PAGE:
We’ve all heard about the sudden increase in the usage of telehealth. Some of us have enjoyed the convenience and appreciated getting an appointment more quickly than in the past. We may have experienced what felt like a lack of connection between patient and provider. Some may be seeing this sudden plunge into the future of health care from the provider’s perspective, but many of us have also seen these clinical encounters when we have been the patient.
With the use of telehealth significantly increasing across the globe because of coronavirus physical distancing restrictions, IHI has been talking with many people who have been working tirelessly to implement a telehealth process. We’ve learned that many organizations are employing televisits for the first time. Some have shared that they are identifying problems within the system as they go.
As telehealth continues to rapidly expand, what steps can health systems and providers take to ensure a safe and positive health care experience for patients? Instead of crossing our fingers and hoping for the best, we can proactively understand the risks of delivering care virtually.
One way is to conduct a Failure Modes and Effects Analysis (FMEA). An FMEA reviews:
- Steps in the process
- Failure modes (What could go wrong?)
- Failure causes (Why would the failure happen?)
- Failure effects (What would be the consequences of each failure?)
Teams can use FMEA like a table-top simulation of providing a televisit. Using the FMEA tool, walk through each step in the process. What happens from the first point of patient interaction through follow-up care?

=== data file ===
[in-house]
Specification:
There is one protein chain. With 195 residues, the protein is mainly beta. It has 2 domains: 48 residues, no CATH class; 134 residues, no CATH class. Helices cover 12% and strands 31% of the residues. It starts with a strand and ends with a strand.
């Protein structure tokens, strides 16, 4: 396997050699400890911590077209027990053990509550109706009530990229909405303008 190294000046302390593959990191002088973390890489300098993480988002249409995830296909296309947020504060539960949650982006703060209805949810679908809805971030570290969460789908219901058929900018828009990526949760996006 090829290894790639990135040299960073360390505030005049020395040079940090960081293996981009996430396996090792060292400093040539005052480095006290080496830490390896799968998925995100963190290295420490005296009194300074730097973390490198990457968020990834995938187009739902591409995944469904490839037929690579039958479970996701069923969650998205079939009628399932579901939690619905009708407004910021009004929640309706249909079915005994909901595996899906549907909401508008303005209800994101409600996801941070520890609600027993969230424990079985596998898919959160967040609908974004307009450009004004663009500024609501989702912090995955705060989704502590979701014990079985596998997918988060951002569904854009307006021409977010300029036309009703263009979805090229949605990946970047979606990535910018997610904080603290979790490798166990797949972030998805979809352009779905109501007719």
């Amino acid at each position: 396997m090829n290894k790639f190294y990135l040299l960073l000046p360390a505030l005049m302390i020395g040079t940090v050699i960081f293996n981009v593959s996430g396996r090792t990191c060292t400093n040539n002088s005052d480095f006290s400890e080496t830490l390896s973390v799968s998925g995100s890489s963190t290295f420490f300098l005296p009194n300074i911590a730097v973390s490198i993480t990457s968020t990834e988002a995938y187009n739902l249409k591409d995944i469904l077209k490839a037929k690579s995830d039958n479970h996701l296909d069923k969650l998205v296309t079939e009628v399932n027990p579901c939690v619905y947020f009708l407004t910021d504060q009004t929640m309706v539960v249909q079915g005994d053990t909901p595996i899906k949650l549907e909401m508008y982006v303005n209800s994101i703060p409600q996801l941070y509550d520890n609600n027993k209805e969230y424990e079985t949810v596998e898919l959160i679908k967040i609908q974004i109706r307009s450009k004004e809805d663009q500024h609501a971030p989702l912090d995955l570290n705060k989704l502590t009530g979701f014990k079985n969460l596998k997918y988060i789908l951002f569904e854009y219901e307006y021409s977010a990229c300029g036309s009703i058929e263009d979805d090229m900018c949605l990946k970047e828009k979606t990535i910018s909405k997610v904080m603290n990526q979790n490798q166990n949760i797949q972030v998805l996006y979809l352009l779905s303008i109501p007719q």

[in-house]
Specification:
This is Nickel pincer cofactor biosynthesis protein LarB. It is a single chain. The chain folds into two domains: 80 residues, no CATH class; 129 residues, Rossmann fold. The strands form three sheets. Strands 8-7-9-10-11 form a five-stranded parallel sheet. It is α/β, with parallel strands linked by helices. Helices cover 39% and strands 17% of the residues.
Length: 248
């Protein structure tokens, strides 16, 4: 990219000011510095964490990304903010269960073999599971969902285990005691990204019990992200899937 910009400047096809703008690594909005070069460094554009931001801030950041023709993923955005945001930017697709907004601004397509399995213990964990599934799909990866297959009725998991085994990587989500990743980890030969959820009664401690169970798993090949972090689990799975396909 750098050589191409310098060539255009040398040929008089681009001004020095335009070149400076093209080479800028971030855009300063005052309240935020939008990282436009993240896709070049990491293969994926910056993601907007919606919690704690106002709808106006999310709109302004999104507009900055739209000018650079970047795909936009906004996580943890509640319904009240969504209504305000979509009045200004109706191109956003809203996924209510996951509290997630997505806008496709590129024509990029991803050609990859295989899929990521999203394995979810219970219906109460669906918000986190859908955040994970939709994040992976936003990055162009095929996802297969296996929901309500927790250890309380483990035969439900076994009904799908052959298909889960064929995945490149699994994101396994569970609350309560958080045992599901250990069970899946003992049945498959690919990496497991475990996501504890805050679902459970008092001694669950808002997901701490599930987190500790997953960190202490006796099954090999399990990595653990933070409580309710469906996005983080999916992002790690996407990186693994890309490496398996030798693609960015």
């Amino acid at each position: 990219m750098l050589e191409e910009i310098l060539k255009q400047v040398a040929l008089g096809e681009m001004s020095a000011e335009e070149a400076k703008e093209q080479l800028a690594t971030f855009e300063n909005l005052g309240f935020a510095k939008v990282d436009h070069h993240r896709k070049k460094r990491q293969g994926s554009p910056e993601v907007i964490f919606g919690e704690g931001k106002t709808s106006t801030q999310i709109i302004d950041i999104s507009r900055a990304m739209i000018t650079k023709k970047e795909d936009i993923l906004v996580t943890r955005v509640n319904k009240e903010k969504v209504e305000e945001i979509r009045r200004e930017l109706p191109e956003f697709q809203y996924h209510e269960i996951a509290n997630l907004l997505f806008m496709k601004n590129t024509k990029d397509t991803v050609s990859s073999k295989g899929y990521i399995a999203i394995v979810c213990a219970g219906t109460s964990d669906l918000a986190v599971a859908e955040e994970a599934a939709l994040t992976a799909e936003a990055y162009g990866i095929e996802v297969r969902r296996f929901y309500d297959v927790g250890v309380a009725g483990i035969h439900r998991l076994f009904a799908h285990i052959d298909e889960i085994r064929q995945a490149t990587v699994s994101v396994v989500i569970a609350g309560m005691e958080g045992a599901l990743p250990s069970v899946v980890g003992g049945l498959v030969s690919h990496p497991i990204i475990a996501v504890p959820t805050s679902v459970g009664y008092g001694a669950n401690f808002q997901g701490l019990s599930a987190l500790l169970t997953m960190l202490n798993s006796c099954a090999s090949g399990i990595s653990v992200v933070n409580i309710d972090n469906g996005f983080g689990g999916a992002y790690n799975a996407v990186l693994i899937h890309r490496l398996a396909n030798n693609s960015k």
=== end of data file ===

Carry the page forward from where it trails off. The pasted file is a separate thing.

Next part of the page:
Figure 1 – Example FMEA
Figure 1 includes a few examples of failure modes identified as potential unintended consequences associated with telemedicine. Your organization or team will find others. After conducting your own FMEA, your team can then rank each failure mode to identify improvement opportunities and determine where to start. FMEAs can then be coupled with the Plan Do Study Act (PDSA) tool to test change ideas and identify more failure modes.
While there is still some uncertainty about whether the changes that allowed rapid adoption of telehealth will become permanent, it’s likely that at least some kinds of telehealth visits will continue long after the COVID-19 pandemic has subsided. This means the time is now to identify the actions you will take to reduce the likelihood of potential errors and harm to patients.
Allison F. Perry is an IHI Director. Frank Federico, RPh, is an IHI Vice President.
You may also be interested in:
Video – An Overview of the Failure Modes and Effects Analysis (FMEA) Tool
Recommendations for Designing High-Quality Telehealth
More COVID-19 Guidance and Resource